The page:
Watching the Shadows
We have noted the confusion over whether the 2012 National Defense Authorization Act (NDAA) allows for the indefinite detention of persons apprehended on US soil. Now it appears that an effort by Sen. Dianne Feinstein to clarify the question in the upcoming 2013 NDAA is so poorly worded that it unintentionally (?) makes matters worse. Feinstein's proposed amendment (online as a PDF at the Lawfare blog) states that:
An authorization to use military force, a declaration of war, or any similar authority shall not authorize the detention without charge or trial of a citizen of lawful permanent resident of the United States apprehended in the United States, unless an Act of Congress expressly authorizes such detention.
A joint statement by the American Civil Liberties Union, Amnesty International, Center for Constitutional Rights, Center for Victims of Torture, Bill of Rights Defense Committee and other groups (online as a PDF at the ACLU website) protests:
Israel's ultra-right Arutz Sheva this week is virtually alone in having noted a commentary by "columnist" Gordon Duff in Iran's semi-official Press TV Oct. 29 positing that Rear Admiral Charles M. Gaouette—sacked from his command of a Pacific carrier battle group to face an investigation into "inappropriate leadership judgment"—was planning a military "mutiny" to "topple Obama" in the event of his re-election. Duff asserts that all US military bases at home and abroad were placed on a state of alert in response to the threat. Writes Duff:
The American Civil Liberties Union (ACLU) called on US President Barack Obama early on the morning after his re-election Nov. 7 to shut down the Guantánamo Bay military prison, even as it congratulated him on his victory. Anthony Romero, executive director of the ACLU, urged Obama to "make good the promise he made four years ago to close the prison at Guantánamo Bay." He also encouraged Obama to put an end to practices such as warrantless surveillance, drone strikes and indefinite detention:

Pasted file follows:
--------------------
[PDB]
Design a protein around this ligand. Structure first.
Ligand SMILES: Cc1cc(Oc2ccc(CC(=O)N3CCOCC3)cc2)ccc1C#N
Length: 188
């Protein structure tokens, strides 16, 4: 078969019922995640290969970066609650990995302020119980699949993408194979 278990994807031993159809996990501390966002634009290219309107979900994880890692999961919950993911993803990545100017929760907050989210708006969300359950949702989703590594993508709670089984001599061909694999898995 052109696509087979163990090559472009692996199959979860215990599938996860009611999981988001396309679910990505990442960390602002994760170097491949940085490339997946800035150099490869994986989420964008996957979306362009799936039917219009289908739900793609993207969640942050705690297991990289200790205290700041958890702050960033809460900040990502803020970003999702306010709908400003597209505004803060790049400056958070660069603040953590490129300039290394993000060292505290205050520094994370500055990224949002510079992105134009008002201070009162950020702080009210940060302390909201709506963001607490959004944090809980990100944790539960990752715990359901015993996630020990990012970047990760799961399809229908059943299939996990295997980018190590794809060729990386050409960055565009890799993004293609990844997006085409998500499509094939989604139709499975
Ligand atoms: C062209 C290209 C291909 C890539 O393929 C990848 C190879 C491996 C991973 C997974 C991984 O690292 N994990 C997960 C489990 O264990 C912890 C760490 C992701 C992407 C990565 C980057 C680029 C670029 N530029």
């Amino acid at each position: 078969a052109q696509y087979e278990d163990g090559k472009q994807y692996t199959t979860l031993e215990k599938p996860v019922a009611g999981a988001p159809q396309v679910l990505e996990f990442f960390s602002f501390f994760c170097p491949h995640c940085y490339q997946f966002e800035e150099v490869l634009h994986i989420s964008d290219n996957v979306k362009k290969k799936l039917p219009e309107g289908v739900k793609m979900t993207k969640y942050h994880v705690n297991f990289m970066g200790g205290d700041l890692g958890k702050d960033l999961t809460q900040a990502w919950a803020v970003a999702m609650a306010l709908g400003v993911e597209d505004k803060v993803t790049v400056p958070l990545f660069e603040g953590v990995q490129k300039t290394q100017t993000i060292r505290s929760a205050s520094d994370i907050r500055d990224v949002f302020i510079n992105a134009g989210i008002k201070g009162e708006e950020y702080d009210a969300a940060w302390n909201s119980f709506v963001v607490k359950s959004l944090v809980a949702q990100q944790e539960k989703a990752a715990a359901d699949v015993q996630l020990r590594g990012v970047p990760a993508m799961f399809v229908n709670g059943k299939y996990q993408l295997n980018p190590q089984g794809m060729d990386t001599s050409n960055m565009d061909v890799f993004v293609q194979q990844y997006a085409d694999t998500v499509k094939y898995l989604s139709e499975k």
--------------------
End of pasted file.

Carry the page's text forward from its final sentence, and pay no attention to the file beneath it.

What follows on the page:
Guantánamo Bay detainee Abd al-Rahim al-Nashiri on Oct. 23 boycotted his pretrial hearing at the facility. Al-Nashiri is accused of bombing the USS Cole while it was in port in Yemen in October 2000. Al-Nashiri objected to the use of belly chains while he was brought from his cell to the courtroom for the proceedings. Navy officials have stated that while belly chains are used when moving certain detainees within the facility, they would not have been used on al-Nashiri before this week's hearing. The hearing was to determine if Yemen was at war with the US at the time of the bombing, a decision that will be used to determine al-Nashiri's status as an enemy combatant.
The High Court of England and Wales on Oct. 5 approved the extradition of five terror suspects to the US. The court's decision comes a week after the European Court of Human Rights (ECHR) gave its final approval of the extradition, which it had initially approved in April. Egyptian-born Muslim cleric Abu Hamza al-Masri and four other suspects appealed that ruling in July, but the ECHR declined to revisit their arguments. In its decision, the court criticized the extensive time spent litigating the extradition. In addition to al-Masri, British citizens Syed Talha Ahsan and Babar Ahmad and Saudi-born Khaled Al-Fawwaz are now slated to be extradited. All five men are wanted in the US on terrorism charges and will face imprisonment without parole at ADX Florence, a super-maximum security prison in Colorado. It has not been announced when the group will be extradited nor when they will be tried in the US.
Canadian citizen Omar Khadr was transferred to Canada from Guantánamo Bay early Sept. 30 to serve out the rest of his prison sentence under the authority of the Correctional Service of Canada. Khadr pleaded guilty to murdering US Sergeant First Class Christoper Speer, an Army medic, as well as charges of conspiracy and spying, material support of a terrorist group and attempted murder. He was originally sentenced to eight years in 2010 on top of the eight years he had already spent in prison. The rest of his sentence and future parole hearings, however, will now be handled by Canadian authorities according to Canadian law.
The Italian Court of Cassation on Sept. 19 upheld the convictions of 23 former CIA officers for the 2003 kidnapping and rendition of Egyptian terror suspect Osama Moustafa Hassan Nasr. Former Milan CIA station chief Robert Seldon Lady was originally sentenced to eight years in prison, while 22 other Americans were sentenced to five years after they were all tried in absentia. In 2010 an Italian intermediate appellate court increased Lady's sentence to nine years while increasing the sentences of the other 22 defendants to seven years. The Court of Cassation upheld the sentences of nine and seven years.
Yemeni Guantánamo Bay detainee Adnan Farhan Abdul Latif died over the weekend at a hospital on the US Navy base after guards found him unconscious in his cell Sept. 8. Latif's identification was originally withheld until the US military could notify his family and his home country's government. The guards who found Latif unconscious in his cell at the US detention facility performed first aid and brought him to a hospital on the US Navy base to perform extensive life saving measures. These were unsuccessful, and doctors at the hospital pronounced Latif dead. This marks the ninth detainee to have died in custody at Guantánamo.